28 APRIL 1998


At this point it is not known if the MAI is dead at the OECD. This will only become clear in late Autumn this year. If negotiations prove to be blocked in the OECD, then it will in all likelihood resurface in another forum. It is clear that divisions still exist between and within some but not all governments on the desirability of both whether to have an MAI negotiated at the OECD, and if so the form it should take. This came to a head at the Ministerial Council meeting when the previously agreed draft Ministerial statement was opened up and a debate took place not just on next steps for the negotiations, but on many aspects of the Agreement itself with some governments using it as an opportunity to stake out their positions on key issues. 

In the event a consensus was reached and Ministers decided "on a period of assessment and further consultation between the negotiating parties and with interested parts of their societies, and invite(d) the Secretary-General to assist this process". It was agreed to suspend formal meetings of the Negotiating Group until October 1998. In line with this no new deadline was set for the end of negotiations, but the negotiators were directed to "continue their work with the aim of reaching a successful and timely conclusion of the MAI". 

Informal discussions will take place between capitals on whether the key outstanding issues (deal-breakers) are solvable, for example, extraterritoriality issues. At the same time meetings of expert or working groups will take place in Paris on other outstanding issues such as labour and the environment, national level exceptions, etc.. This was hinted at by Charlene Barshefsky of the US in an OECD press conference when she suggested that governments would seek "creative solutions" to some of the outstanding issues. Subject to a consensus being found on the outstanding deal- breakers the negotiating Group would re-start its work in October. If the process breaks down at the OECD governments would possibly shift the negotiations to the WTO.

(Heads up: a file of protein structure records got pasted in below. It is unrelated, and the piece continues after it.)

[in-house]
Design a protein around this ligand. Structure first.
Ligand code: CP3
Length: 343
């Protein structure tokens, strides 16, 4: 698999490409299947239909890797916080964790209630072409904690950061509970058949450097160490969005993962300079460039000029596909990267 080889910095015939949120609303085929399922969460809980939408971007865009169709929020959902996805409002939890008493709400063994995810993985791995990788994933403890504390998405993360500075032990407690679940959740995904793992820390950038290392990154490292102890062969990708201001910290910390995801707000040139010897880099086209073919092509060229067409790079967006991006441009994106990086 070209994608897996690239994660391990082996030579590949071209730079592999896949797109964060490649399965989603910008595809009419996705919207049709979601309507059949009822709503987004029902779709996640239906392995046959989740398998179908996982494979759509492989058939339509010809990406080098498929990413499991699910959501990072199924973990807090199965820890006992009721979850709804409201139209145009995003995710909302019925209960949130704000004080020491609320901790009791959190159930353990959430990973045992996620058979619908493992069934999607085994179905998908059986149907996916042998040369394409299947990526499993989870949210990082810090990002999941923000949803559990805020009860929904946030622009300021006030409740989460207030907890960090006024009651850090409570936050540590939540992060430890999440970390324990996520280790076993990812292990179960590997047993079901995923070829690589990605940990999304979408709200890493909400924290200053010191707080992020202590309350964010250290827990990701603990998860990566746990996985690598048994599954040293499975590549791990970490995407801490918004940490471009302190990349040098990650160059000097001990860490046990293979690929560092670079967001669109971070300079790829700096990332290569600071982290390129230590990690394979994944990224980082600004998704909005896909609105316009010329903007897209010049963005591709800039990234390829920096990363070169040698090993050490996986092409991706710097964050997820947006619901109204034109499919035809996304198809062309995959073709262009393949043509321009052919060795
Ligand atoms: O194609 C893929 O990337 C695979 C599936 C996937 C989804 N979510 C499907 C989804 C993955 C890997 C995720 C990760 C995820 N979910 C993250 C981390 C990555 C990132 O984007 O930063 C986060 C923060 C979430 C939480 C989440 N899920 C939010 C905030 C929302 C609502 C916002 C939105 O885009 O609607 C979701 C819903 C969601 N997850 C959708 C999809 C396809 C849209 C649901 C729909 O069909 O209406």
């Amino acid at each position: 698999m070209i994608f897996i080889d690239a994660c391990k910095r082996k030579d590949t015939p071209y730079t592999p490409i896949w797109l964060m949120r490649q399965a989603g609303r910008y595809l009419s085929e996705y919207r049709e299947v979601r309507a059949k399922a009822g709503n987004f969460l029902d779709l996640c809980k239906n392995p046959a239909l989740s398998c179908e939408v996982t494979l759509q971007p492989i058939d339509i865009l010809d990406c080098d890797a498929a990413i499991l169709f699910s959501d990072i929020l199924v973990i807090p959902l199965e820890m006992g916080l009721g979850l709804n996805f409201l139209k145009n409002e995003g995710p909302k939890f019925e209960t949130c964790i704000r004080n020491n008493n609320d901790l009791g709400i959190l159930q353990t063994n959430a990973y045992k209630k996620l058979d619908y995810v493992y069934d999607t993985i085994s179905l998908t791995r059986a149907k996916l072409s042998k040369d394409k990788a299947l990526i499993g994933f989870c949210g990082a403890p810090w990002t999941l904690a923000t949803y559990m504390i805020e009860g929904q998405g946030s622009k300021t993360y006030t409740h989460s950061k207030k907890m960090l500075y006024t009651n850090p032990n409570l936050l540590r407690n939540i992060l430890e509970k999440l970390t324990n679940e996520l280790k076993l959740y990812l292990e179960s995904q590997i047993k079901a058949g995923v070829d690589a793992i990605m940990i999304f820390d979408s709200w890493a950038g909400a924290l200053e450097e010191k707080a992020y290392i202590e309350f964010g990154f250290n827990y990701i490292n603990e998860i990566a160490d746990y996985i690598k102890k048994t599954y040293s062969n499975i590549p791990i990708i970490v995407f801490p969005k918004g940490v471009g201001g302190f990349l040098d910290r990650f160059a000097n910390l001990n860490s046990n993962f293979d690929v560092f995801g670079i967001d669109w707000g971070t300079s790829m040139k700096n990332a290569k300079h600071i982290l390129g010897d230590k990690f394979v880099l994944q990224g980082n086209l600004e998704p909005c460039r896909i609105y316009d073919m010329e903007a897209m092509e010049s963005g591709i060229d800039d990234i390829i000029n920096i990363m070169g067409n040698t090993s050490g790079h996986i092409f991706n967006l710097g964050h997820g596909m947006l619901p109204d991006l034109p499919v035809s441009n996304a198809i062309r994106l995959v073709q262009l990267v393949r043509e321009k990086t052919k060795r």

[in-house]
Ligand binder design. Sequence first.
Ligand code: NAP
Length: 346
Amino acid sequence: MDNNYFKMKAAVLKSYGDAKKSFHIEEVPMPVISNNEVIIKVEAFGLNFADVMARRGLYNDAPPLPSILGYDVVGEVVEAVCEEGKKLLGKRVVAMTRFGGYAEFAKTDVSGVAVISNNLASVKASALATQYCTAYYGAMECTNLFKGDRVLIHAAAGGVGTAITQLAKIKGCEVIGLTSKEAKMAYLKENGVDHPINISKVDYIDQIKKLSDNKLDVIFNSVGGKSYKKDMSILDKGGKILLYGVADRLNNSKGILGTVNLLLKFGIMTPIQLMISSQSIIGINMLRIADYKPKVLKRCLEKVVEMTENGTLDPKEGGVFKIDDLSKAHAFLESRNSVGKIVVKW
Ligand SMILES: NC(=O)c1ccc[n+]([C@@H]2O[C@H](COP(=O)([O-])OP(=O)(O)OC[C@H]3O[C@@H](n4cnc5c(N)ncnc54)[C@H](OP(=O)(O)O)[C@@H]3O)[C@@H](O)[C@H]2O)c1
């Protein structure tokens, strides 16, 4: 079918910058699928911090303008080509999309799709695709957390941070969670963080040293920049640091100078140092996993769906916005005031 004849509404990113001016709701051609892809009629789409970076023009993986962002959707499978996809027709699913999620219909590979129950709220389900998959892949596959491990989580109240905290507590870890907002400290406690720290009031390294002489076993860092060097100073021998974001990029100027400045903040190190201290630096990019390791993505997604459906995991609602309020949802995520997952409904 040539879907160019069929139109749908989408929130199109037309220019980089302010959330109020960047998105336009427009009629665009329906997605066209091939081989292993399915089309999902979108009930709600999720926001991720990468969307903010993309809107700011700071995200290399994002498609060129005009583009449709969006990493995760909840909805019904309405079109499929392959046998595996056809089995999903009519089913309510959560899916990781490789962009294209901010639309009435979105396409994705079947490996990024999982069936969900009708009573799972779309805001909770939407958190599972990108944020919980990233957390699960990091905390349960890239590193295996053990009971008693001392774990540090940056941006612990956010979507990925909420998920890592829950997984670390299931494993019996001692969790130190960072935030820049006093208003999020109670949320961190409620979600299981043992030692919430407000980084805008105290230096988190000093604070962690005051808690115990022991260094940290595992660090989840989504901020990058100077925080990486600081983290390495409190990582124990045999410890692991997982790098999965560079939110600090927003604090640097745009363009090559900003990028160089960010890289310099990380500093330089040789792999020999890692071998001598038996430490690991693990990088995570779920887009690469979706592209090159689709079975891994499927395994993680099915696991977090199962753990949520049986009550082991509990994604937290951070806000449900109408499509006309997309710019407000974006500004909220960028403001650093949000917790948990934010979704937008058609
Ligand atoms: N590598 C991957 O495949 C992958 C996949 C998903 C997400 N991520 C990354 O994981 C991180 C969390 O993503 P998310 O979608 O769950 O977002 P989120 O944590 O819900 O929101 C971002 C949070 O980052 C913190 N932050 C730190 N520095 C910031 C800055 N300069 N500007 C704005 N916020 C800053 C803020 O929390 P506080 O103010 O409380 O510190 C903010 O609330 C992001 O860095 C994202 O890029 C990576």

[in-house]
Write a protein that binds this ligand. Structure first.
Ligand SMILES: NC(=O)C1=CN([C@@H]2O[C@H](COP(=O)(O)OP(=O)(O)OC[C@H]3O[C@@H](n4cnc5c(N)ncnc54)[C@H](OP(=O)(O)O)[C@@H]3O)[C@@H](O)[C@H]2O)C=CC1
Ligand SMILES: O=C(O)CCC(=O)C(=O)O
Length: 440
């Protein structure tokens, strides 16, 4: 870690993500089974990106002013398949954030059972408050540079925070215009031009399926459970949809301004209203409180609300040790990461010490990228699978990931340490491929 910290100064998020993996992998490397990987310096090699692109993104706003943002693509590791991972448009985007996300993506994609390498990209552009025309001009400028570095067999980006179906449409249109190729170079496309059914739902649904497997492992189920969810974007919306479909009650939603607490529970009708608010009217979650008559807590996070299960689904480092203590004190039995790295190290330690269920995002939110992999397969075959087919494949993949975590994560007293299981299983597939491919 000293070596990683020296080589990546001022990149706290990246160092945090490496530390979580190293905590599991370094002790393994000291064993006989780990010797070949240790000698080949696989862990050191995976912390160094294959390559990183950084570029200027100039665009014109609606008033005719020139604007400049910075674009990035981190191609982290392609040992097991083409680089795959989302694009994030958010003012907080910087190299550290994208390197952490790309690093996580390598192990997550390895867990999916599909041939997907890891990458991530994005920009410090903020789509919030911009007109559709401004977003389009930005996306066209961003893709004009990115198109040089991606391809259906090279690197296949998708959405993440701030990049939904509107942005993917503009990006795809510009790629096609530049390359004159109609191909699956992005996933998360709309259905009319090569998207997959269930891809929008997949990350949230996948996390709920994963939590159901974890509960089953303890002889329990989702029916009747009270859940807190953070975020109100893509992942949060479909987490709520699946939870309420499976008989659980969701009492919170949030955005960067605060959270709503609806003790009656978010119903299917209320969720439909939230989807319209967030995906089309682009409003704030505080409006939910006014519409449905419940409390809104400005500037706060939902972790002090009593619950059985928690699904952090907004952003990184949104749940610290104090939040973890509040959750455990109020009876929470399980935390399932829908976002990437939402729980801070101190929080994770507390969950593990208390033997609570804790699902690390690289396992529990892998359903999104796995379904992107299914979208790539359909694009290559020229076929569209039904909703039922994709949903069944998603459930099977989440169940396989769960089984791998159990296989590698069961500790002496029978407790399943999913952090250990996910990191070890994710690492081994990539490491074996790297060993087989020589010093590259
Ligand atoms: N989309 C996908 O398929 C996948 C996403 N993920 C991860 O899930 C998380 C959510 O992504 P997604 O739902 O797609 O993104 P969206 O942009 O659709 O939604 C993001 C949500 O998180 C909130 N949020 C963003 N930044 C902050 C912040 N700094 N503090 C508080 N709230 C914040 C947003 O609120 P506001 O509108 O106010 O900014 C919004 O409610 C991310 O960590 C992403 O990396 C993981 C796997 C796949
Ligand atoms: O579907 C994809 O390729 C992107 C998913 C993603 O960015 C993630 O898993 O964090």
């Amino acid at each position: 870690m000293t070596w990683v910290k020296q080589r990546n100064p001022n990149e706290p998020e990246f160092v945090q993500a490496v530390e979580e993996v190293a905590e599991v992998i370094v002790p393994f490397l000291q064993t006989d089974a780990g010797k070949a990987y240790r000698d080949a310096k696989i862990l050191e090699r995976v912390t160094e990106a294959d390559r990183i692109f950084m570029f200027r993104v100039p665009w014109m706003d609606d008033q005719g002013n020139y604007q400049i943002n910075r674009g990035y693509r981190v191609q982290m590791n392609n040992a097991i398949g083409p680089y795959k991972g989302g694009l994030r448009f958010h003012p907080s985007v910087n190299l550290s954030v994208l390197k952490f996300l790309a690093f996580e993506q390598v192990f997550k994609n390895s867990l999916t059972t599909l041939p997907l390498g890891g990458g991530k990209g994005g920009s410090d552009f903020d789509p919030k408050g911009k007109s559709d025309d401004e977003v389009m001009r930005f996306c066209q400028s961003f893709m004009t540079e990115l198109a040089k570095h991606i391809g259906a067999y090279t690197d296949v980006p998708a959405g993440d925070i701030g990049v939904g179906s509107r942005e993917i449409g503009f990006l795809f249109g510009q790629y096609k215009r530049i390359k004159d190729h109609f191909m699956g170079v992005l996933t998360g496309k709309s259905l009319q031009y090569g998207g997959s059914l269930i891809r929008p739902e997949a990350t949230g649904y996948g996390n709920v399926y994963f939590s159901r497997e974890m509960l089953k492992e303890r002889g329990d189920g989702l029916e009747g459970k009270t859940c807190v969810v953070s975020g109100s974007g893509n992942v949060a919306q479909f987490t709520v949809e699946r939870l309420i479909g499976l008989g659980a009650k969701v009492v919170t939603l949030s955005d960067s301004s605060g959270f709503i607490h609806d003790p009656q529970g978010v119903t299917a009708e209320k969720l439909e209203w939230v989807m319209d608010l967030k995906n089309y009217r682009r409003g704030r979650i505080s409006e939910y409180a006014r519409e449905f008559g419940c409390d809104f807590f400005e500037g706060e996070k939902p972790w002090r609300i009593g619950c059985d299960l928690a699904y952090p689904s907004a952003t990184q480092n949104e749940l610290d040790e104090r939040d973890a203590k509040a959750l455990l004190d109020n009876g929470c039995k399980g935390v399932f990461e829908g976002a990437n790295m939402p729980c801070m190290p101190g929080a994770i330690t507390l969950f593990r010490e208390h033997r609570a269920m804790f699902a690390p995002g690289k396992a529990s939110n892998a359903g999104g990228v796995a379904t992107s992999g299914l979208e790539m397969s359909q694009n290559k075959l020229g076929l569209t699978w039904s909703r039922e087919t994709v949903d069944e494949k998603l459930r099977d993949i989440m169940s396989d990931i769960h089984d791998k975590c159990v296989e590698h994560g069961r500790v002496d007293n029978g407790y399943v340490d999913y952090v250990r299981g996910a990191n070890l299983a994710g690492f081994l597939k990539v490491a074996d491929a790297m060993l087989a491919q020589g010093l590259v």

Many governments have expressed a desire to engage trade unions and NGO's at the national level in an effort to gain their views as to what would be needed to create an MAI that meets their concerns, and to search out the "creative solutions". At the same time a public relations exercise may begin led by the OECD using its new report "The Benefits of Trade and Investment Liberalisation" to "explain" more widely the benefits of globalisation, and the role of the MAI in this. Paradoxically, in the current climate the public relations approach could have the opposite effect to that intended and stir up more opposition to the MAI. 

Lorens Schomeros (Germany) is widely thought to become the next Chair of the Negotiating Group subject to domestic considerations.   


Whatever happens to the MAI it is important that the trade union campaign continues. Governments will still be discussing important issues such as the binding labour and environment clauses. The forthcoming period of reflection, as some have called it, and the expressed desire by Ministers to "consult" with "interested parts of their societies" should rather be seen as an opportunity to press more forcibly for an MAI that we would like to see. It should also be remembered that domestic campaigns in some countries may be such that their governments would be unable to sign up to an eventual MAI in the short-term. However, the MAI could still go ahead without these countries. 

TUAC will be discussing with affiliates the next steps in the trade union campaign on the MAI, but ahead of this we would urge affiliates to engage where possible in the domestic debates on the MAI, and to seek alliances with groups that seek an MAI that balances the rights of investors with reciprocal obligations. 

On a broader level, TUAC will be exploring with the OECD how to establish an informed open debate on the broader issue of governance of the international finance and market system. 


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